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Aubel v. McGill Management, Inc.

United States District Court, Seventh Circuit

September 23, 2013

BRADLEY F. AUBEL, Plaintiff,
v.
McGILL MANAGEMENT, INC. and FOSCO FULLETT ROSENLUND, P.C. k/n/a FULLETT ROSENLUND ANDERSON P.C., Defendants.

MEMORANDUM OPINION AND ORDER

SHARON JOHNSON COLEMAN, District Judge.

Plaintiff Bradley F. Aubel ("Aubel") filed a two count complaint, alleging that defendant Fosco Fullett Rosenlund, P.C. k/n/a Fullett Rosenlund Anderson P.C. ("Fullett") violated the Fair Debt Collection Practices Act, 15 U.S.C. §§ 1692 et seq., ("FDCPA"), when Fullett filed a state eviction action against Aubel after he fell behind on condominium common expenses and failed to pay lawyer's fees associated with Fullett's attempt to collect the debt. The parties filed cross motions for summary judgment. Aubel argues that Fullett clearly abused the FDCPA. Fullett argues that it did not misrepresent the debt owed and even if any false representations were made, they were unintentional and not actionable under the bona fide error defense. For the following reasons, this Court grants Fullett's motion for summary judgment and denies Aubel's motion for summary judgment.

Background

The facts of this case are largely undisputed. Plaintiff Aubel owns a unit in New Century Town Condominium Association No. 3 ("New Century") located in Lake County, Illinois. The condominium association is governed by the Declaration of Condominium Ownership and of Easements, Restrictions, and Covenants for New Century Town Condominium Association No.

3 ("Declaration"). Under the Declaration, New Century's association board can enter into an agreement for services of a managing agent. New Century entered into such an agreement with McGill Management, Inc. ("McGill"). As New Century's managing agent, McGill manages New Century's properties and regularly collects debts on the association's behalf for unpaid common expenses. Fullett is a law firm located in Lake County, Illinois that McGill retained to pursue legal action in the collection of debts owed to New Century. Under the Declaration, New Century's board could file a Forcible Entry and Detainer lawsuit for the failure to pay common expenses and collect all costs associated with enforcing a suit for nonpayment including attorneys' fees.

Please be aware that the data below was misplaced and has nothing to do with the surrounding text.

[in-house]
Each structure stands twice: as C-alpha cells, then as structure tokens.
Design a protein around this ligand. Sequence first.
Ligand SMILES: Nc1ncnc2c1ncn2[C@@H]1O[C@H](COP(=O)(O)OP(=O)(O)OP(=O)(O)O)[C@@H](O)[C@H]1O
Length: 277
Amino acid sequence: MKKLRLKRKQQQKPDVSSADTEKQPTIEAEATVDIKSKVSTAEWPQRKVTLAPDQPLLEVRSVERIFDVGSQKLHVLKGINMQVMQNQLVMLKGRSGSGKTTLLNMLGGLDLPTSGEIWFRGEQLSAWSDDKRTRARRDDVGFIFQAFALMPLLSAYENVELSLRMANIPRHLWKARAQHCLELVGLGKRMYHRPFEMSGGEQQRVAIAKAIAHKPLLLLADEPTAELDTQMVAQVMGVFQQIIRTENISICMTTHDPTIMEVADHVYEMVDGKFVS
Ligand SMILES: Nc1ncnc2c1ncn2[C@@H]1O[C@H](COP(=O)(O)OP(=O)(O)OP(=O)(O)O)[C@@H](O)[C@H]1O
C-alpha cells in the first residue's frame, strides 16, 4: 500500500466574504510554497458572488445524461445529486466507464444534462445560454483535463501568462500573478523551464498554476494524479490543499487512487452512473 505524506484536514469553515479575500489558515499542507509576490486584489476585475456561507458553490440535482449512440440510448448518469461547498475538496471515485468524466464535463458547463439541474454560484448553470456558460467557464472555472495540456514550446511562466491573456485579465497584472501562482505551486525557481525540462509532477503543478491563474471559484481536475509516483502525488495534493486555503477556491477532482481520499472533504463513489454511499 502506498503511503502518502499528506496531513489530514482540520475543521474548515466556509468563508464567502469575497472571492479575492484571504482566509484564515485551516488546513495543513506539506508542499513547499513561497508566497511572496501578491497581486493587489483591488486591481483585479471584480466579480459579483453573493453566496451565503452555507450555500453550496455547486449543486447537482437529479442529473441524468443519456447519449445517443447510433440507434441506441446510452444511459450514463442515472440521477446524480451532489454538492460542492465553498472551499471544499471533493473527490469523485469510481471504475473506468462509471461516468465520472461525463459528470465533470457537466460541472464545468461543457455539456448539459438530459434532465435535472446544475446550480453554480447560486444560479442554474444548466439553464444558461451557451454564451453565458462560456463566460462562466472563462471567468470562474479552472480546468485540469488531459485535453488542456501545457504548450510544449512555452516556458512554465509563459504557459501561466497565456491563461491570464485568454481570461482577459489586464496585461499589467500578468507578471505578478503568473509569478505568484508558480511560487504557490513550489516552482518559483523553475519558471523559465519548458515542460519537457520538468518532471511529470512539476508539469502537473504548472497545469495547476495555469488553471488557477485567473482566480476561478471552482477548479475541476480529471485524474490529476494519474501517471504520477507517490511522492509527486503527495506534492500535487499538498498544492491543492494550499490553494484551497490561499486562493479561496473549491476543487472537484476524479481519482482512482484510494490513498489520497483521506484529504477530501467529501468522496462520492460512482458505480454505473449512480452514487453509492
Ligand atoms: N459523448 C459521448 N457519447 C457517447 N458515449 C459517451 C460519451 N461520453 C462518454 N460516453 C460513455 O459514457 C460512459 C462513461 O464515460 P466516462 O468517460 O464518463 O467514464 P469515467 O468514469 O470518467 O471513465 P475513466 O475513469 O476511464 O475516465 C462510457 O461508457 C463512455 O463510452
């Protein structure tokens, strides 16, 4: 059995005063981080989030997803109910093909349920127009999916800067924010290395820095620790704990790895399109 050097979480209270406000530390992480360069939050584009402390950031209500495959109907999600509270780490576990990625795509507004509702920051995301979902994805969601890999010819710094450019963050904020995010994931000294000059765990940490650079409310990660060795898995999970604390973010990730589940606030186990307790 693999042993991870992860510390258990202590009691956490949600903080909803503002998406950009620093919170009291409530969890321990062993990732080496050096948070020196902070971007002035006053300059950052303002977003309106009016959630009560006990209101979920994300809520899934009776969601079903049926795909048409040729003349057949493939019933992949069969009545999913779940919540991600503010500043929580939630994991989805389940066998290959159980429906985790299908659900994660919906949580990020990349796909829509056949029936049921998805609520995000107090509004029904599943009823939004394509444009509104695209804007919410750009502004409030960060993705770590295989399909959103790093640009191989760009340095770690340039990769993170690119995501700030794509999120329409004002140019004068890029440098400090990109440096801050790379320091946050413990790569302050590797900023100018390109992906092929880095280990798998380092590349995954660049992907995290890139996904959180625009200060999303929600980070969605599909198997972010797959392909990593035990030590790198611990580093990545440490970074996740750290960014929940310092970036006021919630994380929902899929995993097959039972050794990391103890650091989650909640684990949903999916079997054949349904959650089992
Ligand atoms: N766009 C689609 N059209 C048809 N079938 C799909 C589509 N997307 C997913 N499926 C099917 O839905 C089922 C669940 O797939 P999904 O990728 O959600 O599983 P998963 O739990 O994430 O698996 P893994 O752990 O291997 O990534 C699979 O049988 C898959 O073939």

In the first half of 2009, Aubel fell behind on his common expense payments. The present conflict between the parties arises out of the billing statements and collection notice sent to Aubel in July and August 2009.

• On July 3, 2009, Fullet sent Aubel a Notice and Demand for Possession ("Notice") on behalf of New Century. The Notice stated that Aubel owed $737.51 in common expenses and $217.23 in attorneys' fees and costs. It also provided Aubel 30 days to dispute the debt.
• On July 7, 2009, Marilu Salazar, Aubel's assistant, called Fullett to request an explanation of the amounts due.
• On July 13, 2009, Fullett sent Aubel a letter itemizing the debt, indicating a balance of $472.74 and "legal fees/costs" of $217.23 (Def. Ex. F, Dkt. #70-6).
• On August 3, 2009, Aubel received the August 1, 2009, billing statement from New Century indicating a balance of $256.04.
• On August 10, 2009, Marilu Salazar went to the condo association office to deliver a payment on behalf of Aubel and received a handwritten receipt in the amount of $258.00.
• On August 7, 2009, McGill authorized Fullett to proceed with filing a state court complaint against Aubel.
• On August 14, 2009, Fullett filed a complaint on behalf of McGill and New Century against Aubel in the Circuit Court of Lake County.
• On September 1, 2009, Aubel received his billing statement from New Century showing a $258 credit on the account from August 11, 2009, and a new balance of $153.57.